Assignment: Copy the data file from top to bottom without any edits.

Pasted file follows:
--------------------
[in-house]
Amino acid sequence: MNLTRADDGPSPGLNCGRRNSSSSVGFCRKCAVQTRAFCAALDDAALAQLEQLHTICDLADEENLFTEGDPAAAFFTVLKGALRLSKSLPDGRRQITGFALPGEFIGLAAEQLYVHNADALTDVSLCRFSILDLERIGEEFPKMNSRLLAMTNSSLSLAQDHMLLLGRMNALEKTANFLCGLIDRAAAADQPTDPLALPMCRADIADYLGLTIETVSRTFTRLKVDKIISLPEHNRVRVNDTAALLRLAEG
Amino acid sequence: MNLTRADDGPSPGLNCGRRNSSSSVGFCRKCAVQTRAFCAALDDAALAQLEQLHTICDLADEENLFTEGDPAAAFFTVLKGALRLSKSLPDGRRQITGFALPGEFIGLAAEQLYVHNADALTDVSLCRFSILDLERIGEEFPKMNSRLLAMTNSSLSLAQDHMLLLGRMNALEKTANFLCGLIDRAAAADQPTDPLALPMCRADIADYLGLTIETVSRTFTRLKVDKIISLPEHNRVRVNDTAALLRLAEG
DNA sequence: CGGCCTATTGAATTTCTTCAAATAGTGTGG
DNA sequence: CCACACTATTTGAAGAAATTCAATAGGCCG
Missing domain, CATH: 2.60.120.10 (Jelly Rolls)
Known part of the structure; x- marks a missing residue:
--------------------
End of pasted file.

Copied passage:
[in-house]
Amino acid sequence: MNLTRADDGPSPGLNCGRRNSSSSVGFCRKCAVQTRAFCAALDDAALAQLEQLHTICDLADEENLFTEGDPAAAFFTVLKGALRLSKSLPDGRRQITGFALPGEFIGLAAEQLYVHNADALTDVSLCRFSILDLERIGEEFPKMNSRLLAMTNSSLSLAQDHMLLLGRMNALEKTANFLCGLIDRAAAADQPTDPLALPMCRADIADYLGLTIETVSRTFTRLKVDKIISLPEHNRVRVNDTAALLRLAEG
Amino acid sequence: MNLTRADDGPSPGLNCGRRNSSSSVGFCRKCAVQTRAFCAALDDAALAQLEQLHTICDLADEENLFTEGDPAAAFFTVLKGALRLSKSLPDGRRQITGFALPGEFIGLAAEQLYVHNADALTDVSLCRFSILDLERIGEEFPKMNSRLLAMTNSSLSLAQDHMLLLGRMNALEKTANFLCGLIDRAAAADQPTDPLALPMCRADIADYLGLTIETVSRTFTRLKVDKIISLPEHNRVRVNDTAALLRLAEG
DNA sequence: CGGCCTATTGAATTTCTTCAAATAGTGTGG
DNA sequence: CCACACTATTTGAAGAAATTCAATAGGCCG
Missing domain, CATH: 2.60.120.10 (Jelly Rolls)
Known part of the structure; x- marks a missing residue: